Monday, July 5, 2010

The Cost of Living

Union members forgoing raises, cost-of-living increases
Across the state and nation, more school boards and unions are settling on one- to two-year contracts with cost-of-living increases from zero to 1.5 percent, officials say.
--Dispatch Politics June 7, 2010

In case the school board doesn't read much beyond those scintillating memos and articles provided by Tim Culver that would not possibly be slanted in any particular direction, perhaps we should look at how good our employees have had it.

We continually hear that teachers' salaries are not keeping up with the cost of living.
We hear about how those that are retiring started out making only $10,000 per year, and therefore are justified to be retiring--under the pretty sweet Wisconsin Retirement System--on a salary of $75-80,000 per year.

Horse puckey!
You've heard the unsubstantiated and well spun claims. Now get the facts. Become educated. As we've said countless times, we don't want you to get your information from the incredibly slanted school district...nor do we want you to trust us. We want you to GET THE FACTS and make an informed decision on your own.

Myth: Teachers salaries are not keeping pace with the cost of living.
Reality: Let's look at that teacher (or elementary school librarian!) who is retiring today at a salary of $70,000, $75,000, or even $80,000. Over the last 35 years, since the Social Security system based benefit payments on the COLA (Cost of Living Adjustment), the COLA has averaged 4.3% increase per year.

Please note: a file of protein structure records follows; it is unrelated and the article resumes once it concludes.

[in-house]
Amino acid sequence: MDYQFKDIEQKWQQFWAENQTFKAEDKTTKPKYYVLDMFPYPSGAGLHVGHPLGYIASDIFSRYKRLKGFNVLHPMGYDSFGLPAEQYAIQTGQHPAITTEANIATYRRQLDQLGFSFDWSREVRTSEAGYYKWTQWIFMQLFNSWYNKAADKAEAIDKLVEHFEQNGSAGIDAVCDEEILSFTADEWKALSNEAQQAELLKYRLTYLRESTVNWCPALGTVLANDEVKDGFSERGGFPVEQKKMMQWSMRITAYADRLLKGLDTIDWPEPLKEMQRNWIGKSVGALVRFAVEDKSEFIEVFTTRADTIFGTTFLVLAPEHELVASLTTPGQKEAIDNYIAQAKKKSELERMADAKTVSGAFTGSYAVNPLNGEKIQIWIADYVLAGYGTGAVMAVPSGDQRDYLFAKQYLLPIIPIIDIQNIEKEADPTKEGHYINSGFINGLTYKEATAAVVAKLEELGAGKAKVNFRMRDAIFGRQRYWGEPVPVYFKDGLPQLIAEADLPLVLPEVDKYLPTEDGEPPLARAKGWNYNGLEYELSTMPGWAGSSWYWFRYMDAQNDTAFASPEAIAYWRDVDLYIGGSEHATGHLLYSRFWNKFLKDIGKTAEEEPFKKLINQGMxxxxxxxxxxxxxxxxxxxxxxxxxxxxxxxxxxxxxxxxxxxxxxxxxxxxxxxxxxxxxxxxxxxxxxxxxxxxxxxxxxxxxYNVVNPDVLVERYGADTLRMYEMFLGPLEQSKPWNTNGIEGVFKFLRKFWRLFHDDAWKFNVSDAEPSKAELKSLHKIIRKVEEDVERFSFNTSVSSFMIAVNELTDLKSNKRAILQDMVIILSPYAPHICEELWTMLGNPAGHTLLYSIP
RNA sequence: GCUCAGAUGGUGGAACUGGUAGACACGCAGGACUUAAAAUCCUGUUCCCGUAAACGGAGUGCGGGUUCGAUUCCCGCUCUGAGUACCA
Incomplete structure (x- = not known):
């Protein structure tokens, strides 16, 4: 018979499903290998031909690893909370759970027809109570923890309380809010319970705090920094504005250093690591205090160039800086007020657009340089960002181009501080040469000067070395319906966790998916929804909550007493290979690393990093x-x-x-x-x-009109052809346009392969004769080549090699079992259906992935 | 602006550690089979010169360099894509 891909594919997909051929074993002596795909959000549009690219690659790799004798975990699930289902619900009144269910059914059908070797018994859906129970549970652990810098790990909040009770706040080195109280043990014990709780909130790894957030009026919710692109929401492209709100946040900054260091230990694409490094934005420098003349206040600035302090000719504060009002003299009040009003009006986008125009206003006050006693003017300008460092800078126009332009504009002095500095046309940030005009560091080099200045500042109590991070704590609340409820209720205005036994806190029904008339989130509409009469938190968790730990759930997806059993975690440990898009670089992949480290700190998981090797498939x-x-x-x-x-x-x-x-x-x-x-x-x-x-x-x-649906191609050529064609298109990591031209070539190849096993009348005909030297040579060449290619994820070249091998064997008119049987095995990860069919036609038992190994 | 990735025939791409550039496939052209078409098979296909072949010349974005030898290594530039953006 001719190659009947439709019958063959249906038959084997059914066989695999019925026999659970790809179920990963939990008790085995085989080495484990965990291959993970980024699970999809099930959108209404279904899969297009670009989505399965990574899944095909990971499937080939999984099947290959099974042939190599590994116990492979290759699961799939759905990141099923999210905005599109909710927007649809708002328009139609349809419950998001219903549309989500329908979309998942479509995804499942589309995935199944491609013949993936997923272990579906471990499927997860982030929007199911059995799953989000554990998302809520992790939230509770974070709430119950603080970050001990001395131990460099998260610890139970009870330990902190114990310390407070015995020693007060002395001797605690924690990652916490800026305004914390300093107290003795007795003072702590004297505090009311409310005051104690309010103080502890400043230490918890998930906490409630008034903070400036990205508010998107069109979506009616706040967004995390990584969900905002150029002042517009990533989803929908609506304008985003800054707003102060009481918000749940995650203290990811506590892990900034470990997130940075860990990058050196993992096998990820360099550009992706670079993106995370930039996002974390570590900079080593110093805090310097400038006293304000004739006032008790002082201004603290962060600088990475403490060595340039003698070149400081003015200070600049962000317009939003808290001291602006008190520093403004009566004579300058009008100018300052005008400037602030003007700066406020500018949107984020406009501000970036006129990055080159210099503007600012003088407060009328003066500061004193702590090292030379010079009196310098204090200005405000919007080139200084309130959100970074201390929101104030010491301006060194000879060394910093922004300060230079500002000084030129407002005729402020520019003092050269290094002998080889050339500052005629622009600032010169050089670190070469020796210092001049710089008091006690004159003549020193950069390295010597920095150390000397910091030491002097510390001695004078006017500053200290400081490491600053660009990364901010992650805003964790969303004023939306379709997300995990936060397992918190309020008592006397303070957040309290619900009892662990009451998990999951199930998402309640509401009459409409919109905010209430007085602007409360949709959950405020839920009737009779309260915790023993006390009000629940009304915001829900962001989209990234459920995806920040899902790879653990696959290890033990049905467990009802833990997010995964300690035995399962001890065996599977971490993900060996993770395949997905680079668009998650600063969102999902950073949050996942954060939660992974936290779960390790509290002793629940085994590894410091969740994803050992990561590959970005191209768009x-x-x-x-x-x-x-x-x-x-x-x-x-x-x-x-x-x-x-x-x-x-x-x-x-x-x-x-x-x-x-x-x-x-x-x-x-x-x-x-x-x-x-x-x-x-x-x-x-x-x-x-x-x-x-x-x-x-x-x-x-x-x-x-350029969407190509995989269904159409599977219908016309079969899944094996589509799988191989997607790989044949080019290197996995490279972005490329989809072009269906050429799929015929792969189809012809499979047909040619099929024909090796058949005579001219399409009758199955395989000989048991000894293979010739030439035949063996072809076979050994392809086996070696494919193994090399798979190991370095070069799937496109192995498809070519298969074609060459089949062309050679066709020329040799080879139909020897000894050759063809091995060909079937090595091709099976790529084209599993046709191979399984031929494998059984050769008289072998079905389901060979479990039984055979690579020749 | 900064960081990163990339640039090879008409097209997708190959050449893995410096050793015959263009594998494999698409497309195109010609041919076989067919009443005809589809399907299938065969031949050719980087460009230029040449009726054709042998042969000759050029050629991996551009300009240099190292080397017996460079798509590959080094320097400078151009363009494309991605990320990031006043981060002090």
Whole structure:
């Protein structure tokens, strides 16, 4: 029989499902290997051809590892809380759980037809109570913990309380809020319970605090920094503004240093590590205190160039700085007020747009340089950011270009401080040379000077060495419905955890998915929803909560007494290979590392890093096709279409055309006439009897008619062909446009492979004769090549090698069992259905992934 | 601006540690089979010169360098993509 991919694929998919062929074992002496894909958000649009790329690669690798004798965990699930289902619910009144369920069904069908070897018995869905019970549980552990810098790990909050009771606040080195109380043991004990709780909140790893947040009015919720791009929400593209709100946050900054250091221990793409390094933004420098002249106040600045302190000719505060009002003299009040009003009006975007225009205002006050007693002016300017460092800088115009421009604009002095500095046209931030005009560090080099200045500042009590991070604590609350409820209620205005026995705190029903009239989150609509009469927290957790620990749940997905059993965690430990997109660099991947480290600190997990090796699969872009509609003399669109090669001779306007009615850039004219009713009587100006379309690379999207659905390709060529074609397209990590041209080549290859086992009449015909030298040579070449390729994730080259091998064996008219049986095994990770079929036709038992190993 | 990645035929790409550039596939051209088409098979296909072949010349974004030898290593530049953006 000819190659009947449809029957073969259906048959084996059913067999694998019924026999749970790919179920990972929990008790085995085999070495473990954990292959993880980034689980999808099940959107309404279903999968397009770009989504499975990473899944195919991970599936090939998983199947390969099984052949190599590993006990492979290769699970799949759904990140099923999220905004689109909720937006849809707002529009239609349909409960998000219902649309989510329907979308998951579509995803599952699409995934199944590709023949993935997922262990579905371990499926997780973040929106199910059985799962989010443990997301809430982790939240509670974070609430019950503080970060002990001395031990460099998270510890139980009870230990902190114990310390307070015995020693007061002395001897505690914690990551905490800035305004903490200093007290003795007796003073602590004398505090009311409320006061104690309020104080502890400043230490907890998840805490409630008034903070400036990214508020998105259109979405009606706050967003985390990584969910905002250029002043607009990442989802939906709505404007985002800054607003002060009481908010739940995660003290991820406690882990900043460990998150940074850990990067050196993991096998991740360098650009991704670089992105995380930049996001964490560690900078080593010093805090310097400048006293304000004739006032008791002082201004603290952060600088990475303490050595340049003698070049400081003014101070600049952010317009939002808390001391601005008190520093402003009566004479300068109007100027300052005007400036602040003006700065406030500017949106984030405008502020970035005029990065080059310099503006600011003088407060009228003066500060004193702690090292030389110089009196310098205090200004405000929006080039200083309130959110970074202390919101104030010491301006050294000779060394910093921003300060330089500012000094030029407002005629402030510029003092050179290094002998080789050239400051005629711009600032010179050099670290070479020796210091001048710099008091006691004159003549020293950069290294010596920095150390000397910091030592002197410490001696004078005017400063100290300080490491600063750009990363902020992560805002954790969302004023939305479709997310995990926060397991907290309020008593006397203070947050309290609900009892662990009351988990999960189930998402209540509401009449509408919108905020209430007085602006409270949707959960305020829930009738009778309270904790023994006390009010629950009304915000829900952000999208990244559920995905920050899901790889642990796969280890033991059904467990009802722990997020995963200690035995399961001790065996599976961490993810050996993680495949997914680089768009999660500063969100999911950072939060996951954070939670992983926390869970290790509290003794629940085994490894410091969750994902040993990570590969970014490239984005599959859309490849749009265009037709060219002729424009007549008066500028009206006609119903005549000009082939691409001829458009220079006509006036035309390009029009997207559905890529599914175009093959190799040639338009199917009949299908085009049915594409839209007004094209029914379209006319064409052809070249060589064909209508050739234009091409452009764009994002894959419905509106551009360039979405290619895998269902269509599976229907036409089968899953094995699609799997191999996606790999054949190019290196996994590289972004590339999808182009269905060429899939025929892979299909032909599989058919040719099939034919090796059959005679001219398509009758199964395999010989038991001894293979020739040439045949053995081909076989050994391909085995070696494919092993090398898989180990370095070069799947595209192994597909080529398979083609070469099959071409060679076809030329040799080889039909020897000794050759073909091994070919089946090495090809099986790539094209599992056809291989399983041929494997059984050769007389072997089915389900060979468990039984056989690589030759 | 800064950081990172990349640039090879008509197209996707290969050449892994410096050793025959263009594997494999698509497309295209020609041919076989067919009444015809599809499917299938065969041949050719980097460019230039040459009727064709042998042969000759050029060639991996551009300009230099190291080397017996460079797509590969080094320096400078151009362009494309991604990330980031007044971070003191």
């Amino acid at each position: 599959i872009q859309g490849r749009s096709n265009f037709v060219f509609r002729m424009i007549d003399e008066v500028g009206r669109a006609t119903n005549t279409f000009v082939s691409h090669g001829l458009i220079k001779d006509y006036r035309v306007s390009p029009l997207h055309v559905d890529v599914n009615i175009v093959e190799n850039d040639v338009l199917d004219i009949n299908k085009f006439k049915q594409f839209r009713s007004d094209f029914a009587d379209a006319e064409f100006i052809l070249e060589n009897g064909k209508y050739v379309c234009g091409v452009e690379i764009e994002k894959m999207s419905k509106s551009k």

Now we've warned you about statistics. The mean (average) for any set of data can be skewed/biased heavily by erratic data. In these cases, the median, or middle value, represents a better estimate. The mean COLA since 1975 is 3.5%. Hmm...are you starting to get an idea where the old QEO figure of 3.8% might have originated?

If a teacher who started in 1975 at a salary of $10,000 received annual wage increases tied solely to the COLA, their salary at retirement in 2010 would have been $43,100.
Now that's a pretty far cry from $70-80,000. So clearly things aren't quite as dark as we sometimes hear.

Reaganomics 1978-1982
Love him or hate him, while Ronald Reagan was in office, from 1978-1982, the nation saw a phenomenal, statistics-defying increase to the COLA. Over those four years, the COLA increased by 9.9%, 14.3%, 11.2%, and 7.4%. Social Security payments increased a net 50% as a result of those increases. The closest single year increase we've seen since then was 5.8% in 2008, which, of course was followed by 0% in 2009.

Those four years contributed significantly to our 35-yr average COLA of 4.3%. In fact, if one breaks the COLA down into average increases:
Last 5 yrs 3.10% average increase
Last 10 yrs 2.78% average increase
Last 15 yrs 2.61% average increase
Last 20 yrs 2.84% average increase
Last 25 yrs 2.96% average increase
Last 30 yrs 3.80% average increase
Last 35 yrs 4.30% average increase

See how a couple of big numbers can skew a set of data?

Getting Back to That $10,000/yr Teacher
So let's look at that teacher who retired at a salary of $75-80,000, but who struggled so mightily initially with a salary of $10,000. First of all, a salary of $10,000 was (A) the going rate and (B) not shabby back in the early to mid-seventies. order to go from $10,000 to $75,000 or more over 35 years, the average increase (think average rate of return on your investments) would have to be 6.025%. That translates to an average raise that was 40% better than the average COLA, and 72% better than the median COLA.
That's not too shabby.

In fact, math folks have a term for the growth curve exhibited by teacher salaries in the graph above. It's called "exponential growth". Look it up.

Don't take our word for this stuff...check the data out for yourselves.